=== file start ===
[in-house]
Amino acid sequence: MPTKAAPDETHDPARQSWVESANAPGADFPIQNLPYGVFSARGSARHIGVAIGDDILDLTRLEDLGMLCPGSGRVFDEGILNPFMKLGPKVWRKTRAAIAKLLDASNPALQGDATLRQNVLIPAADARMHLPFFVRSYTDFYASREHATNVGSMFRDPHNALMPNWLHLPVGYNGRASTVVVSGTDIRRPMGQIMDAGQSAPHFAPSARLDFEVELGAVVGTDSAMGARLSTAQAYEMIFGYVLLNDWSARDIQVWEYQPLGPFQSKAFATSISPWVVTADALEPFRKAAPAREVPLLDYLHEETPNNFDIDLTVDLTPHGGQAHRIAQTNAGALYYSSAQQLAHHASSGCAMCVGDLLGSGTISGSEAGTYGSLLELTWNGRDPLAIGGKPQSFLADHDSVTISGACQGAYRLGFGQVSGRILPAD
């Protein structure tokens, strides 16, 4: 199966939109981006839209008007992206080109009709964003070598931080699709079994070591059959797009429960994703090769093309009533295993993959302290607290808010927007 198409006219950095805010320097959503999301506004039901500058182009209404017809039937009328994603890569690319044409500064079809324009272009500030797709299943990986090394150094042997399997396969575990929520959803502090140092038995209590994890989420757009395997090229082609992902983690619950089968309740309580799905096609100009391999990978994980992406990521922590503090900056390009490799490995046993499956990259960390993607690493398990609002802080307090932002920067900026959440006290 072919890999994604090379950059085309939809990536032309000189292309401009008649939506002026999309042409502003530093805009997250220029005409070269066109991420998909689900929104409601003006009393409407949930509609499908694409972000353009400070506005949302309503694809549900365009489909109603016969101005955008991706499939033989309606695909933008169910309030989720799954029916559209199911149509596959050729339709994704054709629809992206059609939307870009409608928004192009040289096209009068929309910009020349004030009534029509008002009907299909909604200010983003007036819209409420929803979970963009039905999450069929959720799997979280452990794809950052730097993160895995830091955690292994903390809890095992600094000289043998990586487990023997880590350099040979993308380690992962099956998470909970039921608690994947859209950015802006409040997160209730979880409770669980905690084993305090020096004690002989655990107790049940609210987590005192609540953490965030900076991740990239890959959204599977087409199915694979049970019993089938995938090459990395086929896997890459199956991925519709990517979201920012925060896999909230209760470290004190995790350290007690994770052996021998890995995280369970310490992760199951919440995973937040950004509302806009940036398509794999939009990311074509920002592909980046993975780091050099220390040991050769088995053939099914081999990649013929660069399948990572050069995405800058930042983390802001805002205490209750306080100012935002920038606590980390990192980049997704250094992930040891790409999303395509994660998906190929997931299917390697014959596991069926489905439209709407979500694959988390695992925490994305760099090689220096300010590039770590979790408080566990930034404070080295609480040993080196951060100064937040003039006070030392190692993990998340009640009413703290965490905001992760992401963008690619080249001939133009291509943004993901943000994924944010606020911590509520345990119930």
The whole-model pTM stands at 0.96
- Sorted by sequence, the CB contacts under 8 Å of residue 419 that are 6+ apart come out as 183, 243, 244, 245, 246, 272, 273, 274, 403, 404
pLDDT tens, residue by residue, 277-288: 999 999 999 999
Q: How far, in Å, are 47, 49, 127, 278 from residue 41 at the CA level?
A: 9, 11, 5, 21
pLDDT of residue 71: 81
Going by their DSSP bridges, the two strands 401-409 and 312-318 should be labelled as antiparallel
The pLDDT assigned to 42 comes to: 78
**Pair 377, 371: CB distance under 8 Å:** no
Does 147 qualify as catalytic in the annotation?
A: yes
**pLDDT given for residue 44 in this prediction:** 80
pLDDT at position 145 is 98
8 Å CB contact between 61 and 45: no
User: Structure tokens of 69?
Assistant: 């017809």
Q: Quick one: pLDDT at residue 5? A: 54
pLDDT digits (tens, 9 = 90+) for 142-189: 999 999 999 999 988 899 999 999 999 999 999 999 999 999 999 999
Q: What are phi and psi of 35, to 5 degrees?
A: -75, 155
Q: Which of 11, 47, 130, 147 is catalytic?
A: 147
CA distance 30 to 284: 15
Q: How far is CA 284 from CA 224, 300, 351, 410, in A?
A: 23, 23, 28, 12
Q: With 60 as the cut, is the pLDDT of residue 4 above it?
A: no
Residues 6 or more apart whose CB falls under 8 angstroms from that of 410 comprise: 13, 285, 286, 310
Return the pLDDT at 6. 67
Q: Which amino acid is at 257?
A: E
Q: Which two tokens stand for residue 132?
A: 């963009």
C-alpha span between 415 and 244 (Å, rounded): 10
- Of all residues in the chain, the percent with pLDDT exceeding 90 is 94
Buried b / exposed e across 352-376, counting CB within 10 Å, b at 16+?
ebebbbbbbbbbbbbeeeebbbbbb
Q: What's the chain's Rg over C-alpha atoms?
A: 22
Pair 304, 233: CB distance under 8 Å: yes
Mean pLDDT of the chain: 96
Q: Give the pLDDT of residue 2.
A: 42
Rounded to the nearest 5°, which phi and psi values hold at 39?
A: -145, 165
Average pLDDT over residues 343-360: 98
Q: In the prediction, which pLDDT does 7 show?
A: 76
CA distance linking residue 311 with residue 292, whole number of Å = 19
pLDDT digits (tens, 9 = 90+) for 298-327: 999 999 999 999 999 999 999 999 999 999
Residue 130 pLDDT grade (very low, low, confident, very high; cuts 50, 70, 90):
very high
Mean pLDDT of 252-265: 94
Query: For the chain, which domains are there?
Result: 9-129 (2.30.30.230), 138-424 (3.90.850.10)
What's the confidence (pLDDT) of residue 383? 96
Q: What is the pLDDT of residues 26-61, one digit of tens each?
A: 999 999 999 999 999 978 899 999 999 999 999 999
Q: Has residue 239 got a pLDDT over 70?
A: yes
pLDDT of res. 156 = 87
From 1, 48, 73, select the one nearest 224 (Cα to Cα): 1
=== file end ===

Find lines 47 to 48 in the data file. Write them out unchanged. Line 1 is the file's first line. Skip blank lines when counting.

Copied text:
Rounded to the nearest 5°, which phi and psi values hold at 39?
A: -145, 165